Behind The Names
Cambridge, England is famous unto itself with noteworthy neighbors as well. Names like Milton, Clare, and Chesterton date back hundreds of years, and their descendants are synonymous with classic English literature and history.
A couple you’ll recognize from this collection:
- Newton – A nearby village and the surname of the great Sir Isaac Newton, who had maybe the most prolific inspiration from a tree as Voltaire described, “Sir Isaac Newton walking in his gardens, had the first thought of his system of gravitation, upon seeing an apple falling from a tree.”
- Wolfson – College at Cambridge that derives its name from the family patriarch Solomon Wolfson, a Scottish immigrant in the 19th century. He was a furniture maker along with his son who later built a retail business that grew into a conglomerate of DIY home-improvement stores.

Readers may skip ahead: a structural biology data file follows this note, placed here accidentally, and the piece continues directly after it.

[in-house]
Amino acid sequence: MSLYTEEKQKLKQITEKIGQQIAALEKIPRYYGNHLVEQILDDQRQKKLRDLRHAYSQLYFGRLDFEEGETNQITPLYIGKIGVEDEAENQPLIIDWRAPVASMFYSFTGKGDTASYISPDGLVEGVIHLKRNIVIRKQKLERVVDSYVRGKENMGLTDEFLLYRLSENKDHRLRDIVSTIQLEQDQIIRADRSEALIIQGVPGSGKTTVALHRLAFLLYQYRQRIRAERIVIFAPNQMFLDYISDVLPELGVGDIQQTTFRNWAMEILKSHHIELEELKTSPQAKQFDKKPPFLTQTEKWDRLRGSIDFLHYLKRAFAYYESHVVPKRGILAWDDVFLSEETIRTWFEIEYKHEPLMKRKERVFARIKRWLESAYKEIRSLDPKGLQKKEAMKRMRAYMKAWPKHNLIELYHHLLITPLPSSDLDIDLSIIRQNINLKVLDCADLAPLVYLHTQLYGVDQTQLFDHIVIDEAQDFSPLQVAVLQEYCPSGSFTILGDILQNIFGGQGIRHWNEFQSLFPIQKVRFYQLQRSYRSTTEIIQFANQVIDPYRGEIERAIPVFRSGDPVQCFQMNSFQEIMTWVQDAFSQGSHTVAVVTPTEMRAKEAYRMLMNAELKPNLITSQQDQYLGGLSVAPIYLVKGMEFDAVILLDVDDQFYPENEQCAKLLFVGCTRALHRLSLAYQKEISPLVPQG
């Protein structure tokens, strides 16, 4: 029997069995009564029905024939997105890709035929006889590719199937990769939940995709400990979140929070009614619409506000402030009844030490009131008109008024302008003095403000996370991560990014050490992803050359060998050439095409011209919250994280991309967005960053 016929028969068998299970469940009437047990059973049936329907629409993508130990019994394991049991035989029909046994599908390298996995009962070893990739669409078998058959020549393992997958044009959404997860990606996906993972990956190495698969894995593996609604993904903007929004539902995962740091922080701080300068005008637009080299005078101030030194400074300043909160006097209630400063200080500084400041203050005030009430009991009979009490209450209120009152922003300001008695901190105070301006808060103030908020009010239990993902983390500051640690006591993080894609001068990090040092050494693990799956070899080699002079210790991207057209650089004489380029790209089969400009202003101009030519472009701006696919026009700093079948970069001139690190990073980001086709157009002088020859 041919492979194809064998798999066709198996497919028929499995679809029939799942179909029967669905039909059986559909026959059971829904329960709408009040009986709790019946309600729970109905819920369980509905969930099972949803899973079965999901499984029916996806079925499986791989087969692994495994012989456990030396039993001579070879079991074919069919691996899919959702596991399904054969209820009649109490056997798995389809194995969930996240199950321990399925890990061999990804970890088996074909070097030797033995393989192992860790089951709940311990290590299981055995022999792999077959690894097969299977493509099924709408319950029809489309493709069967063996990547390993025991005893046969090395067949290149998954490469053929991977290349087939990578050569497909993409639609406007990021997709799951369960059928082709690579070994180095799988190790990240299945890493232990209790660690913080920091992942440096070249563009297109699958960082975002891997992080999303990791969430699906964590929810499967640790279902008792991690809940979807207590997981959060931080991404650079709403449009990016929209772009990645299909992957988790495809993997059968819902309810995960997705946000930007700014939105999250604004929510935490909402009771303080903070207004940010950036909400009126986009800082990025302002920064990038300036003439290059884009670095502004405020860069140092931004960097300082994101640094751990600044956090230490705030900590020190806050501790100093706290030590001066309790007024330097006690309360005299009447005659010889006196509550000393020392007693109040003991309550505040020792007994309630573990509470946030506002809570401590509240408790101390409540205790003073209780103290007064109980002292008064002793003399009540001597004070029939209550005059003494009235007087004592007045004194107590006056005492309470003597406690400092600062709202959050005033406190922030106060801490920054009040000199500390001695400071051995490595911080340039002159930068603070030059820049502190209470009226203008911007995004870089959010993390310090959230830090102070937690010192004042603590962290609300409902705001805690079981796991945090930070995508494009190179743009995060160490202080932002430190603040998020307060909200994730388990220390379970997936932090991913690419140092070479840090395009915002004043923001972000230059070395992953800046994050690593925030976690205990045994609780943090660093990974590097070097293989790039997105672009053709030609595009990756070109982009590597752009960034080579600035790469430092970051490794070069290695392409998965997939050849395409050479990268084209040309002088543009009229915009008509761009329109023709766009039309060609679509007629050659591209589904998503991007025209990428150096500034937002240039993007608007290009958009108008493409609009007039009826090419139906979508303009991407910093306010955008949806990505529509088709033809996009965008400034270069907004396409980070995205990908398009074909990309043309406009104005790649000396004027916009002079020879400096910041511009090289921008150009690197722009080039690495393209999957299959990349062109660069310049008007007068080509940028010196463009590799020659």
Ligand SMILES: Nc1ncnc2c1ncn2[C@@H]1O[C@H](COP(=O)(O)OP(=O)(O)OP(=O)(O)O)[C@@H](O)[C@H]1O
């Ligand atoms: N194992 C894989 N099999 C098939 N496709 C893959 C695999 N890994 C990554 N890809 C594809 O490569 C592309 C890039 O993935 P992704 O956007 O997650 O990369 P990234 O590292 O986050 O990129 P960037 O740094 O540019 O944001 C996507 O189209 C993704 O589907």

- Chesterton – A suburb of Cambridge, but also the surname of the prolific 20th century author, G. K. Chesterton. Known for his nature analogies that help make sense of the complexities of the modern world, like his story, “The Wind and The Trees”. Chesterton recalls overhearing an exasperated 4-year-old boy caught in blustery conditions during a walk in Battersea Park. The torn sky and tossing trees pushed the lad to his limit and his fondly admired hat blew away. He said to his mother, “Well, why don’t you take away the trees, and then it wouldn’t wind.”